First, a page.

Anger at the heart of love

I don’t know why they came then, at the heart of the hardest season of our lives, but we took them to the Aransas Wildlife Refuge. He sat in the back of the van with me and I made him do a Bible study about Jesus inhabiting hearts like they were houses, a Chinese box filled with simile and indelible pain. If I would write our story as a clever fiction I would insert a frumpy birdwatching stranger and I would accost her with my incoherent grief-

Anger is at the heart of love

overturning tables in the temple

In the house of God

The Stages of Grief

The call costs five cents a minute and you have to be ready with a form of payment. On the other end of the line there is

A princess stuck in a well

Bears curled in around a wee-sleepy home invader

A girl in a badly blended family with a knack for the most inconvenient footwear

And all the rest of us-

sleeping beauties, garden-of-Gethsemane-tired

Of hearing about

This impending crucifixion.

But I am not a vegetarian!

We have all been in the grips of a winter cold. This morning one of my younger kids slept-talked a single line–but I am not a vegetarian!!!

I don’t know the context, but the sentence itself was lovely in its exposition.

Often our lives are defined by others based on labels. The vegetarian label seems pretty harmless unless he was dream-offered a nut-apple-squash loaf or was inhabiting some sort of carnivore-topia.

In the world we are awake in we navigate through real perils when we reveal who we really are. Revealing we are a certain shade of skin or religion or sexual identification can cause people to see us differently–for good or ill.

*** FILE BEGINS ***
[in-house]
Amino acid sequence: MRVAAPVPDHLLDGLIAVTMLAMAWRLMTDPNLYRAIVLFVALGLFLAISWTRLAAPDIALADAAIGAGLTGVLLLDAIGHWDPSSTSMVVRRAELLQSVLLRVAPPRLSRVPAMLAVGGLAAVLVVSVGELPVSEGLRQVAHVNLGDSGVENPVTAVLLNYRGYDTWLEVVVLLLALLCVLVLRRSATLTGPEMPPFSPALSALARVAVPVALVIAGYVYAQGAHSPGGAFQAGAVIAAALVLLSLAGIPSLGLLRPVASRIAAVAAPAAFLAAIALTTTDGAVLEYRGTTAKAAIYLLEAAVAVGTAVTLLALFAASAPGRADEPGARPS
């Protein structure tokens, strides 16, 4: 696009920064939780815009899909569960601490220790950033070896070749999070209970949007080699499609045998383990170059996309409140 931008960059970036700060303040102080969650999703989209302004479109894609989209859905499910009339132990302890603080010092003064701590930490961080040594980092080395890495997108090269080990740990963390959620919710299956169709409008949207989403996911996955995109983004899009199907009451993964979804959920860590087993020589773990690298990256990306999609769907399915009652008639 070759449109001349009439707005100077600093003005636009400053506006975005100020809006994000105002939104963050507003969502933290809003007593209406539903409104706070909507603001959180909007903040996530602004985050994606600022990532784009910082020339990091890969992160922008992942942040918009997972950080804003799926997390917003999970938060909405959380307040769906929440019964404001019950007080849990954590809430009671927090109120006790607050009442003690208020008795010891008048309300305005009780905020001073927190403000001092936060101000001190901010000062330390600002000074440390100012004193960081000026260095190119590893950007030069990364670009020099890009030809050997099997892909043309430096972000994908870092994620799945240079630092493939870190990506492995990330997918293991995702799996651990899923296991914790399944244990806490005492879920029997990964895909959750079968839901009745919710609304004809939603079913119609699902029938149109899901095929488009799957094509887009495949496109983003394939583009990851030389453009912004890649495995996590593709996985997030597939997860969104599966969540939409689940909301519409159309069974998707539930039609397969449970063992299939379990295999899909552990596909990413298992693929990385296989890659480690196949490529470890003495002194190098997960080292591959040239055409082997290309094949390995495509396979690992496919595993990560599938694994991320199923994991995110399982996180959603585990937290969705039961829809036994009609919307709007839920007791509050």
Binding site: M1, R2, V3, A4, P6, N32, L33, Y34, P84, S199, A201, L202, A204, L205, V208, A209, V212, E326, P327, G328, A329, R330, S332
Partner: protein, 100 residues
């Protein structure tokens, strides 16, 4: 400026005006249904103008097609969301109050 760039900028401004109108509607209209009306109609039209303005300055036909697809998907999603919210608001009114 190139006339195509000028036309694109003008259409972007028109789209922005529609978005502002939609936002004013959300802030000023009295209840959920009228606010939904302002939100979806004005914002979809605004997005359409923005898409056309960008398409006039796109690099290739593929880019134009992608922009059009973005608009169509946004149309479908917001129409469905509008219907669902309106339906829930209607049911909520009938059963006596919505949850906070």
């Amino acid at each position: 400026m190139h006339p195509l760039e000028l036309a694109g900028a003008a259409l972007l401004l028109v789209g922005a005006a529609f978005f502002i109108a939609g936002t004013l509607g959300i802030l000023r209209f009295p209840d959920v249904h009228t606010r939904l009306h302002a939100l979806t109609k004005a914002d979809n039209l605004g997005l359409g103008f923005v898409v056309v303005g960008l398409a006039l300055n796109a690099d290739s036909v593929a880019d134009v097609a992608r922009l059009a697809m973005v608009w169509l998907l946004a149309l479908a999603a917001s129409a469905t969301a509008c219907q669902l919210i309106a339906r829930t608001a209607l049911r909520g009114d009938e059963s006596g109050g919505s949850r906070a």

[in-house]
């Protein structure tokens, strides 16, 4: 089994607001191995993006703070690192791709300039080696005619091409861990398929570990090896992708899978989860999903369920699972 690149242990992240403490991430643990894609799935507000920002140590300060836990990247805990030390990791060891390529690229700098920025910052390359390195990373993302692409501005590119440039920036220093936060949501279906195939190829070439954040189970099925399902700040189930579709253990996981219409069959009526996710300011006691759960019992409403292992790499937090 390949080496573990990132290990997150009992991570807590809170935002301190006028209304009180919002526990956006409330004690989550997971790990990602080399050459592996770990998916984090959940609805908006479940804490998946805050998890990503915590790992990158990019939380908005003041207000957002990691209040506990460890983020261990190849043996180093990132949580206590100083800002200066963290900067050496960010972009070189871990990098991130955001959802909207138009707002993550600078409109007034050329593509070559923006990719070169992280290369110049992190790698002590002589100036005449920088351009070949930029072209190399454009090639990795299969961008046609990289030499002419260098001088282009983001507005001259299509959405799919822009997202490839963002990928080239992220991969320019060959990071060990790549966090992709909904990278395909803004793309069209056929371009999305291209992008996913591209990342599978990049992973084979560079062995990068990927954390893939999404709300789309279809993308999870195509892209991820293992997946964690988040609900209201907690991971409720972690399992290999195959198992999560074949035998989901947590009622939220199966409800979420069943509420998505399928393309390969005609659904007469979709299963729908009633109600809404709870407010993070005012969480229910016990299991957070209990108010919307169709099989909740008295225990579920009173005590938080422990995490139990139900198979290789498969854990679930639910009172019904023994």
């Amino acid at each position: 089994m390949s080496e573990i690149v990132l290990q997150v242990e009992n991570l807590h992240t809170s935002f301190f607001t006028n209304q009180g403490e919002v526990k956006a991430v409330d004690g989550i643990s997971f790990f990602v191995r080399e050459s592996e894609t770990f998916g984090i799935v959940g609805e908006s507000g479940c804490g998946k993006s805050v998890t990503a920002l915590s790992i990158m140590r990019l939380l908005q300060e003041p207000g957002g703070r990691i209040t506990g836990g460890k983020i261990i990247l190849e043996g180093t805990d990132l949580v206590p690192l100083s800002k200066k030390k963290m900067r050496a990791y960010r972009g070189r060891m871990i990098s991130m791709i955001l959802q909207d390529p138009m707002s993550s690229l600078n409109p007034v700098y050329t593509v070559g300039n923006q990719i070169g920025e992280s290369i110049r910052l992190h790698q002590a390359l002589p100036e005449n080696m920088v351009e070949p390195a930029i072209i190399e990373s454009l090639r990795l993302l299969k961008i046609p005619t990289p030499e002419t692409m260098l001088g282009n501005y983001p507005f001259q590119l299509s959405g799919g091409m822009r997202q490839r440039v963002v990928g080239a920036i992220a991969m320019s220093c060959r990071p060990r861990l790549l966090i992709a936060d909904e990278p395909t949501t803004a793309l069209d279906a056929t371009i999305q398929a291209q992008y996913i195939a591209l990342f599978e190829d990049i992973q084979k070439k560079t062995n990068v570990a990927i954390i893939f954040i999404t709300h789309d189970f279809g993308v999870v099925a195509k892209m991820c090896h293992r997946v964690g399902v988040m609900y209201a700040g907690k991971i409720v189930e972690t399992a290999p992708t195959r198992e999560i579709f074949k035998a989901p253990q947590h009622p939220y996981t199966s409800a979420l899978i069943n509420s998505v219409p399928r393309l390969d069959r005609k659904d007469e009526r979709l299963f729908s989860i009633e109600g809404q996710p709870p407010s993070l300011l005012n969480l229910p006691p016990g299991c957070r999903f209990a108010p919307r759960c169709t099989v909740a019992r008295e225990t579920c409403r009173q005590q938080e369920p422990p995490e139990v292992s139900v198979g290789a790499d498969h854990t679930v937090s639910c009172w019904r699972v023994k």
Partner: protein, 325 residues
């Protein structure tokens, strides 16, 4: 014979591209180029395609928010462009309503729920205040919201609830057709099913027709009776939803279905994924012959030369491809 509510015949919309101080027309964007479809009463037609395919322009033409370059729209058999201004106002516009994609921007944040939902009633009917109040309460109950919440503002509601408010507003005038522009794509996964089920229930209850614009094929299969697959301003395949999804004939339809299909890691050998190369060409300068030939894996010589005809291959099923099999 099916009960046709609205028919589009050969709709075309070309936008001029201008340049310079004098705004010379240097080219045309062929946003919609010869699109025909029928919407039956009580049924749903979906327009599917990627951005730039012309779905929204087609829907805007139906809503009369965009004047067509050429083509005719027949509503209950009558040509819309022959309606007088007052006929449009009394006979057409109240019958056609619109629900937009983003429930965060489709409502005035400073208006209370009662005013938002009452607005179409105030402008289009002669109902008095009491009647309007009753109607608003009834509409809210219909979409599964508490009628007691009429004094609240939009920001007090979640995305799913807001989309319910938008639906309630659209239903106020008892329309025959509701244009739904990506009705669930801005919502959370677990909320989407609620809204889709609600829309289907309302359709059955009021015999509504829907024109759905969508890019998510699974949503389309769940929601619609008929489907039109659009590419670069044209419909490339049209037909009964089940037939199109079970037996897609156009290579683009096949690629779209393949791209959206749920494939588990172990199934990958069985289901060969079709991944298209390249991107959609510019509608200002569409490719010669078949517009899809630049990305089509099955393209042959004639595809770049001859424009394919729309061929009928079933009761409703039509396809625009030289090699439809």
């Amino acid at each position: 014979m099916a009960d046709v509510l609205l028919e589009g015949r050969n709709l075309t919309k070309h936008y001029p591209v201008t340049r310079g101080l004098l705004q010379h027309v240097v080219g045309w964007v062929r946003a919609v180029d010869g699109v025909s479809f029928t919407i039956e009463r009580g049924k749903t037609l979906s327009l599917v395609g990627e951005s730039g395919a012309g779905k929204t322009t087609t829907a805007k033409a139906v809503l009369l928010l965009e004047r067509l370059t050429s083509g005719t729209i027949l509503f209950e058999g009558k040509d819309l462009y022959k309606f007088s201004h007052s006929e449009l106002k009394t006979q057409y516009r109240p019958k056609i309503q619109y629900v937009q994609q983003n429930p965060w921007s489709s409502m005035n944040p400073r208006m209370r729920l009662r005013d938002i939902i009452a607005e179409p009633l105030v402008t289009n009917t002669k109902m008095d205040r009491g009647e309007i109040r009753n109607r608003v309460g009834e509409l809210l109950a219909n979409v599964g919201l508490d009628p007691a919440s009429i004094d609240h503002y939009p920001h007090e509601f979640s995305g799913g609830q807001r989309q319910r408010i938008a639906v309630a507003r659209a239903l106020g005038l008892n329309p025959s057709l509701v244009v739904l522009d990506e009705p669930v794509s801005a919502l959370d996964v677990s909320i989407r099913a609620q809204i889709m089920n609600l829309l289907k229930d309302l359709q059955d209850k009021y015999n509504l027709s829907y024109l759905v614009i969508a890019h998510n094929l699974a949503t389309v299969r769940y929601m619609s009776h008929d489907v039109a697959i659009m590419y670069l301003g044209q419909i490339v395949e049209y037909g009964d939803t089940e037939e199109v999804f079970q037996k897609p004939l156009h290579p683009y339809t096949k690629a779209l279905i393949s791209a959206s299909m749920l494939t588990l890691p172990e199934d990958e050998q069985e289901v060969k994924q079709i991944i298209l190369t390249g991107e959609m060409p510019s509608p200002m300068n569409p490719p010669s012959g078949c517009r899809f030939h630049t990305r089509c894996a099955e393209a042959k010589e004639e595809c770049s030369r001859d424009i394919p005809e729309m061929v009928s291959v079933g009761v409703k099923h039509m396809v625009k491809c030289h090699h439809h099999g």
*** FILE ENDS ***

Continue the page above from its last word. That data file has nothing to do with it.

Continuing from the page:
Revealing our status as crime victims can do the same. I might not have thought so years ago, before I knew or started telling our family story, but now that I have, I can attest: it does.

Years ago I remember talking to my children’s counselor and she used the term “damaged good.” As in, “you wouldn’t want people to see your kids as damaged goods.”

Terrible to think she was right. We absolutely could have buried the story of what happened to us. We did not, and we are a healthy, happy, fairly isolated group of people now. Telling the story has categorized us as “high-risk” and the syndrome of isolation and silence has been almost categorical.

A small, small, lovely group of people have stuck around, bless them.

I used to believe that sexual assault victims should absolutely tell someone. I still believe that, but I would tell them not to expect much from those you tell.

I would tell them keep talking until you are safe.

I would tell them you are not alone.

The Weirdest Thing

The weirdest thing how brave not knowing makes you. Not knowing the crash. Not knowing the presence of wrong. Not knowing the feral son has been a monster all along. He will not turn into a real boy instead he will be ever-so-carefully excised from the picture of the ordinary house, where trees have grown a rampart around all

who survive him.


We all hope it will turn out ok. We will be the ones–long full life, no pain. We optimists.

You have to be an optimist to foster and adopt kids you already know have problems. You have to believe in miracles.

Our belief in miracles went something like this: yes, we know they are tough kids, but consistency, love and faithfulness combined with God’s healing power will help these kids.

My goal was a picture–all my adult (stable, law-abiding) children gathering with their families for thanksgiving dinner.

So you may imagine what a blow to the gut it was to find out our plan hadn’t produced the picture. Our adopted kids hurt our family, hurt our other children. They committed crimes before they graduated from high school.